could get aggregates of the data on the actual requestors.  This
compromises privacy.  Imagine for a moment that someone used a Vary:
on the Host header with Meter.   


> The "stickiness" of the Meter request-directive is only a performance
> optimization, and if there are serious technical arguments against
> it, we could remove that without affecting any other aspect of the
> proposal.
> 
> But I do not think it is accurate to think of this in the same way
> that we have previously discussed "sticky" headers, since those
> were for actual request-headers.  The Meter request header is a sort of
> unusual thing that applies to transport-level connections, not to
> individual requests, and so it might probably be better to use a
> term other than "sticky" here.  (The Meter response directives are
> per-response, but hop-by-hop, and so if there is a general "sticky"
> mechanism agreed upon for the rest of HTTP, then it could take advantage
> of this.)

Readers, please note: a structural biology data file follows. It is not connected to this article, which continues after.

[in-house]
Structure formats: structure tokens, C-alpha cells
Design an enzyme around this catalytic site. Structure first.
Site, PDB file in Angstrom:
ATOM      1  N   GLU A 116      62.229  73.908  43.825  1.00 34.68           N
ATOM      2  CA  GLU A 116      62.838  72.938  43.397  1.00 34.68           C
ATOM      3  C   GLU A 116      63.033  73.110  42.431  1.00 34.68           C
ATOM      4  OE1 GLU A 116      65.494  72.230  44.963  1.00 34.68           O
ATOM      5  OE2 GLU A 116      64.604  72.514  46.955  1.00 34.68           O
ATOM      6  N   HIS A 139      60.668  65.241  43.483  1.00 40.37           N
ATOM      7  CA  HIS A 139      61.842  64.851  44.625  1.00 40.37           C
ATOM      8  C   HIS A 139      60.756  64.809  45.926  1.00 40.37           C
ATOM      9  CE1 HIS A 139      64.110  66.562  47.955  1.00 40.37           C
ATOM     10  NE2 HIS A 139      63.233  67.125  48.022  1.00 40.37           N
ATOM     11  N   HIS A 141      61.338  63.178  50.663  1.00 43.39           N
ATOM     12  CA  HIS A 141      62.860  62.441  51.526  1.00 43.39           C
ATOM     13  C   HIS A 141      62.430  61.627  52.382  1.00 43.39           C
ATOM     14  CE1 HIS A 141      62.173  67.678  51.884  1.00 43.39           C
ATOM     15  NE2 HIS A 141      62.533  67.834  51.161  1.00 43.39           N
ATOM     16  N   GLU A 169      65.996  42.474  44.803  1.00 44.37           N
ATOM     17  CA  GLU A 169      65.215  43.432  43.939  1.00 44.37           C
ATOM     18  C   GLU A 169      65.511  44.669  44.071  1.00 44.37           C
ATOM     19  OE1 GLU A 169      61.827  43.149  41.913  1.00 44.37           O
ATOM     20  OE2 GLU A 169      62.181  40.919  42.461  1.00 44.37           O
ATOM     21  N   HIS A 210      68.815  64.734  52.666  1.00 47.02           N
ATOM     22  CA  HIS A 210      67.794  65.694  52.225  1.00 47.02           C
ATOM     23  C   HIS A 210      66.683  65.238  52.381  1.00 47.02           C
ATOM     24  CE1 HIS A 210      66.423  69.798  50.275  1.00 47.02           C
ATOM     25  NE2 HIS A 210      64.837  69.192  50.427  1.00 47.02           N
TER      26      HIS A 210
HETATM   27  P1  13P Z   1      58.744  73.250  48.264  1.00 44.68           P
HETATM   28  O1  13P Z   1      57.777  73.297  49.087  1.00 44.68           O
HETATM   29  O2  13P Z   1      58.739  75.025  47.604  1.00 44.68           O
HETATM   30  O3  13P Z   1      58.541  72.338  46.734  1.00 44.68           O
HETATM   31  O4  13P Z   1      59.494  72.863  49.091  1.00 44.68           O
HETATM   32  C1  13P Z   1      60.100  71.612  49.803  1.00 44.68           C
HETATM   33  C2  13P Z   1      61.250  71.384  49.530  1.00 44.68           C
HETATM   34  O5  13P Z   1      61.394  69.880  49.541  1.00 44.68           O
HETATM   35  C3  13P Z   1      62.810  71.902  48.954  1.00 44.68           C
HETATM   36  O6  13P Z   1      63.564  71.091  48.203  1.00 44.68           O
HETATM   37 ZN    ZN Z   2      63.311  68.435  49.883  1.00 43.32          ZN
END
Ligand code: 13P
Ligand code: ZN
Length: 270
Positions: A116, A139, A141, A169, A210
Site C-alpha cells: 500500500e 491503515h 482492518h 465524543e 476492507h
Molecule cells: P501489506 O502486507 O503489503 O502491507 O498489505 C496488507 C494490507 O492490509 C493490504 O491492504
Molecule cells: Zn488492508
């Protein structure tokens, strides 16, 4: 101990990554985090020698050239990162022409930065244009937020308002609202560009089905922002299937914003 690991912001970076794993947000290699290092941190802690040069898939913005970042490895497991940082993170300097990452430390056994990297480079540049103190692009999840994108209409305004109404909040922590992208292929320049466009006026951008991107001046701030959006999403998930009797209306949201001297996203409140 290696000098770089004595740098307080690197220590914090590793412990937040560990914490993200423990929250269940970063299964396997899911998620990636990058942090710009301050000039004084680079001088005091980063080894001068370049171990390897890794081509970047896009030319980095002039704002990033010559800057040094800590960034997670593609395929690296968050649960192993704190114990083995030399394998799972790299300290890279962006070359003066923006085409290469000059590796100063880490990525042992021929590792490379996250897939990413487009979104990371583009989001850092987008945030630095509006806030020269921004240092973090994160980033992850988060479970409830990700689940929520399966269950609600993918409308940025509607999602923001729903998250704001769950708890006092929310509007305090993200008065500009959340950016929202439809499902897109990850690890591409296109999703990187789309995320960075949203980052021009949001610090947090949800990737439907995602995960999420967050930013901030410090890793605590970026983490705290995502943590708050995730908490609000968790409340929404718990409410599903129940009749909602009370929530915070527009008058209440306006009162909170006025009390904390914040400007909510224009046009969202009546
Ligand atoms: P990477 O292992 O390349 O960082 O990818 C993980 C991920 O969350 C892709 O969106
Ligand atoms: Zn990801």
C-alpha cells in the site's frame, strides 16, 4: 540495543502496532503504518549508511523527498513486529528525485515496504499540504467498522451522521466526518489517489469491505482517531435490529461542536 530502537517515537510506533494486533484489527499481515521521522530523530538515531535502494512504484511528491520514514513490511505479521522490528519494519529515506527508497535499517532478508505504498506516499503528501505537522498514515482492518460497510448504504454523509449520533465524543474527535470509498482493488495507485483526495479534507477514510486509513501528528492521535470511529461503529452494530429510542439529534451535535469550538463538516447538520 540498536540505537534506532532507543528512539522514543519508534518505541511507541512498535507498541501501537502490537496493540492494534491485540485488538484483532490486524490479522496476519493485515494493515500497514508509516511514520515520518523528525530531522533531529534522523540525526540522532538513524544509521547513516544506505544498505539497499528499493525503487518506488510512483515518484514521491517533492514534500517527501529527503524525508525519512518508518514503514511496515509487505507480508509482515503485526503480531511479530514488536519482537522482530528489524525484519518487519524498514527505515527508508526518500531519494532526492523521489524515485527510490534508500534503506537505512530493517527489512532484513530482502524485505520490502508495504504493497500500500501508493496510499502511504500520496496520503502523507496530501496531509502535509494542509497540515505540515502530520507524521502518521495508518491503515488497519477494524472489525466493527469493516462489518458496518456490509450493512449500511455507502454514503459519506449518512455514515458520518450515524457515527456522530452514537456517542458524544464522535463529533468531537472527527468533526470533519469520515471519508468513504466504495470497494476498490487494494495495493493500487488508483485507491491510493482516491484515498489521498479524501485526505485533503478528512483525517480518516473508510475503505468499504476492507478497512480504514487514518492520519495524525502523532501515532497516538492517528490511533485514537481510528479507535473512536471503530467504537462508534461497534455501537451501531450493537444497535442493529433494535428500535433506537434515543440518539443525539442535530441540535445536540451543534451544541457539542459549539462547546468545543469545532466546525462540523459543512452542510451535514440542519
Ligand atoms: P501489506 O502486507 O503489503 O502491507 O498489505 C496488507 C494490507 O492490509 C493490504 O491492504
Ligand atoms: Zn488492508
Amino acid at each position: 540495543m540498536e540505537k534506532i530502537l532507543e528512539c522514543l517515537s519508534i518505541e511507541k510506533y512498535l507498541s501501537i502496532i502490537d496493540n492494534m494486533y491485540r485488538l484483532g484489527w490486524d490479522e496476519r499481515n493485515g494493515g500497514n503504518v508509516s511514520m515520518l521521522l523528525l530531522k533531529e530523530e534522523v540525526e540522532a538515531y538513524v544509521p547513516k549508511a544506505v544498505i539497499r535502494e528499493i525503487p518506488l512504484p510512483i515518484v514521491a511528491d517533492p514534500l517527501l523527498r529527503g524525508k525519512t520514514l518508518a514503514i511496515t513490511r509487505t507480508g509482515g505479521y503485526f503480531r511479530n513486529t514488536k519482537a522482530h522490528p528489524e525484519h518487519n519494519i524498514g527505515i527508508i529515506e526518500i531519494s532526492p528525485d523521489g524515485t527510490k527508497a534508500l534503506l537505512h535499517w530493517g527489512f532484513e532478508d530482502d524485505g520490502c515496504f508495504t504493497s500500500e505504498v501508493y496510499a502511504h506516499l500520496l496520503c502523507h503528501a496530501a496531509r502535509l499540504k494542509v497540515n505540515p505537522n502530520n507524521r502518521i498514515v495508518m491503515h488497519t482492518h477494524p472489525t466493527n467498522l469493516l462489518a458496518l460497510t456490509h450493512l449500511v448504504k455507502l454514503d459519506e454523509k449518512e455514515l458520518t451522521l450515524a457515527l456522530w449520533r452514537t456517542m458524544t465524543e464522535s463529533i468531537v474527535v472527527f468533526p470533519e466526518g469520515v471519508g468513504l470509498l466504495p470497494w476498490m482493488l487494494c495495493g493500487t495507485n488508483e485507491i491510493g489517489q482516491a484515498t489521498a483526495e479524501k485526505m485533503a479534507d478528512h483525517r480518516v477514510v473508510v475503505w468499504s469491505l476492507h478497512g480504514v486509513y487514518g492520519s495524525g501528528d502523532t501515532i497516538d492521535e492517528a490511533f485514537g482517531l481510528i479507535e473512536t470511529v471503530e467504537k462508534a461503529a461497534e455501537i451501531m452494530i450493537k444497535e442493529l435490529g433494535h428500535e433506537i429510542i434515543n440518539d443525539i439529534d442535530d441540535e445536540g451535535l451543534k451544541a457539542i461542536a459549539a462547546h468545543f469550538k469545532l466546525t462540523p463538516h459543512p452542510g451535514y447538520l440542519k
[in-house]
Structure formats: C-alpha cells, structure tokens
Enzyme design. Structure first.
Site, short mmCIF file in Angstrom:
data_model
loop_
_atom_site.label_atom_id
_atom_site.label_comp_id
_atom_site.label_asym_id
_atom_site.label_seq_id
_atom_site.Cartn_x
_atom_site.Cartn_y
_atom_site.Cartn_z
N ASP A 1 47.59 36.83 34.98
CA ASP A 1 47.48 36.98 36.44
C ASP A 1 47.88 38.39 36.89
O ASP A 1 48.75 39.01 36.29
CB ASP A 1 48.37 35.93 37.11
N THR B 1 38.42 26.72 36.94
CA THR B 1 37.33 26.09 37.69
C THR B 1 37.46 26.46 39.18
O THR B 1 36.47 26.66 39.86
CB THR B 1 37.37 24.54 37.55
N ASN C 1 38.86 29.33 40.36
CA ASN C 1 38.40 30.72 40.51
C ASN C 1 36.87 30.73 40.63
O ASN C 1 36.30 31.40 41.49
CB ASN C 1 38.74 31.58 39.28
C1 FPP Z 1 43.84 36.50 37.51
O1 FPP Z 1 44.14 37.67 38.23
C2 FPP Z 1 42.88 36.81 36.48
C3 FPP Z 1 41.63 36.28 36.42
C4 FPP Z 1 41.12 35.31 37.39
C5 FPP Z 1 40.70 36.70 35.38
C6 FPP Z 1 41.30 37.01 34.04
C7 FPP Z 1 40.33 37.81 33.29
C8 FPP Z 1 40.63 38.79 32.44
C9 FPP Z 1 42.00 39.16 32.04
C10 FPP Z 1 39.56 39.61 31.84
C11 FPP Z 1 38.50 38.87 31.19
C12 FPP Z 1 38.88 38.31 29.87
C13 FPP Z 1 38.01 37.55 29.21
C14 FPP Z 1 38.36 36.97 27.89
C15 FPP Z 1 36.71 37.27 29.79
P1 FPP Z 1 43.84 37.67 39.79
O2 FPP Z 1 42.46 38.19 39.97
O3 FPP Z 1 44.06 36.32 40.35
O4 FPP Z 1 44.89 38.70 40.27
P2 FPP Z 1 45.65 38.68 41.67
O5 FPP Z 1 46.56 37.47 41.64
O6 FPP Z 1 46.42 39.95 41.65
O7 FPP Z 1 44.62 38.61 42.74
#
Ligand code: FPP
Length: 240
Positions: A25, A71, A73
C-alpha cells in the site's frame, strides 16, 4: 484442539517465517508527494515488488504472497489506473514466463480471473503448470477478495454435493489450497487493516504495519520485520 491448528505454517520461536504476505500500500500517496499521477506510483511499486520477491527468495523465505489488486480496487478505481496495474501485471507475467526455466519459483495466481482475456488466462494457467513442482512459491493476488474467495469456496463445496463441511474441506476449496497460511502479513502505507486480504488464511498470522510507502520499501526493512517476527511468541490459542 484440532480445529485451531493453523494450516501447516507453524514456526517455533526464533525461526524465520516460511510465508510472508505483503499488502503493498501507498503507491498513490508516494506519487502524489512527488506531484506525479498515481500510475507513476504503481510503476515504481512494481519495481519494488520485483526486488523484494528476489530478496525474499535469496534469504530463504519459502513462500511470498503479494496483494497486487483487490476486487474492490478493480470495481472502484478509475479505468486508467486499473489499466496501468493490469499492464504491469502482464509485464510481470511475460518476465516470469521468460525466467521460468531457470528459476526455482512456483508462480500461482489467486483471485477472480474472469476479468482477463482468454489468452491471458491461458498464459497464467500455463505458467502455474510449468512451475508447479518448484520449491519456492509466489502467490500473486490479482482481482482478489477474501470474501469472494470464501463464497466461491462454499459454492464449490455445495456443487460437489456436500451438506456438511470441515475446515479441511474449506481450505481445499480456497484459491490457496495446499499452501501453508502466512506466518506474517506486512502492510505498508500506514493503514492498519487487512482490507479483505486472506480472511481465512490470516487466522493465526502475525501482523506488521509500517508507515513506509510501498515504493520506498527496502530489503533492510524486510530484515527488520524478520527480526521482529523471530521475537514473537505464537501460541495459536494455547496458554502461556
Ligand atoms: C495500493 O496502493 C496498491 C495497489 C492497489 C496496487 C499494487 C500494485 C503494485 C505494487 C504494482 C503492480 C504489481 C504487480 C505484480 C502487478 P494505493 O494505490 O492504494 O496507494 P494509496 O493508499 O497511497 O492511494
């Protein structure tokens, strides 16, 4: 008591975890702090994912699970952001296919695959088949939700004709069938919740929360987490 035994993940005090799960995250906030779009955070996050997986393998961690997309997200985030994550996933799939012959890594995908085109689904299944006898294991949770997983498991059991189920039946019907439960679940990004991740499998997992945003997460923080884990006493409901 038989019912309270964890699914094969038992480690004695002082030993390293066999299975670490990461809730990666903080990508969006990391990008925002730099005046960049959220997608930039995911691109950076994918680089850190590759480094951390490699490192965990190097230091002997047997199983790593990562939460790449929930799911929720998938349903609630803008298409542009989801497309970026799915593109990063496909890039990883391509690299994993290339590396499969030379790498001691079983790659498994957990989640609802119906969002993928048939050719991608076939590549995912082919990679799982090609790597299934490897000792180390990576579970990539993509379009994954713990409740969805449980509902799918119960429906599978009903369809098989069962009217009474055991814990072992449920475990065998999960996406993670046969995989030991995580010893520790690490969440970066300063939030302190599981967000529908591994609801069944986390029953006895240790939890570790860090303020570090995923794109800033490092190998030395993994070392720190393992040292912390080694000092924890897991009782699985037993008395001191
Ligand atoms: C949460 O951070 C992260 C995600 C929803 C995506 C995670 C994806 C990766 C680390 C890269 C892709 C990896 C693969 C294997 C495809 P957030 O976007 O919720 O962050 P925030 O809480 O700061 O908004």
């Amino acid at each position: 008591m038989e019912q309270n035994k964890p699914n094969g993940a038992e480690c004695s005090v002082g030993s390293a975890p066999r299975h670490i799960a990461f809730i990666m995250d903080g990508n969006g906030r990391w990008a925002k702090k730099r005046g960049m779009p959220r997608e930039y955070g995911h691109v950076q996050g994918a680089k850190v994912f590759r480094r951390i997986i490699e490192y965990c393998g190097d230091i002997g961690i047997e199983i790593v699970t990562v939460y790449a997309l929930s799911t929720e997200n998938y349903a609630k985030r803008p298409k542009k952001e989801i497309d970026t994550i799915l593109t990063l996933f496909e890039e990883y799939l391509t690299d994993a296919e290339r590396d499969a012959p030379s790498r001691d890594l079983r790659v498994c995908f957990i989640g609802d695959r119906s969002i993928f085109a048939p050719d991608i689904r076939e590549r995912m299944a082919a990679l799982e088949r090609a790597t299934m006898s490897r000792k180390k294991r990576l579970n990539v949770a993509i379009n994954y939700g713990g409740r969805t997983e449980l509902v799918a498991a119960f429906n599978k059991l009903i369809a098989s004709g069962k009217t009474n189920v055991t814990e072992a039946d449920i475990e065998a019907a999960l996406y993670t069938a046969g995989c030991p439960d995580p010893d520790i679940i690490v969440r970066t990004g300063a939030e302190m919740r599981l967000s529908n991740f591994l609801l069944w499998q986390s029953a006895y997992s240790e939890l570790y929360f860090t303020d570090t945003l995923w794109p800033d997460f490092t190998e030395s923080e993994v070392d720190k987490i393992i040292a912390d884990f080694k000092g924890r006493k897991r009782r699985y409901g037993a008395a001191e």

I'm not sure how good an optimization it is.  You mentioned above that
an server would probably cache-bust now only on those resources for which
it needs accurate counts (like an ad image).  By making this a per-connection
header, you seem to me to force a proxy to report and a server to receive
information it may well throw away (like the counts on every little
fancy bar or button image).

Whatever it is called, I also suspect that we need a generic method
for dealing with this issue, rather than a one-off for this single
header.  If a server is currently designed to handle all aspects of
the negotation on a per-request basis, redesigning it to allow some
per-connection headers is enough of a job that we should get it right
before we ask for standardization.  If this goes to experimental,
rather than standard, then I have no objection, as experimentation on
"per-connection" headers is needed.  

			regards,
				Ted Hardie
				NASA NIC
Received on Thursday, 21 November 1996 16:53:48 EST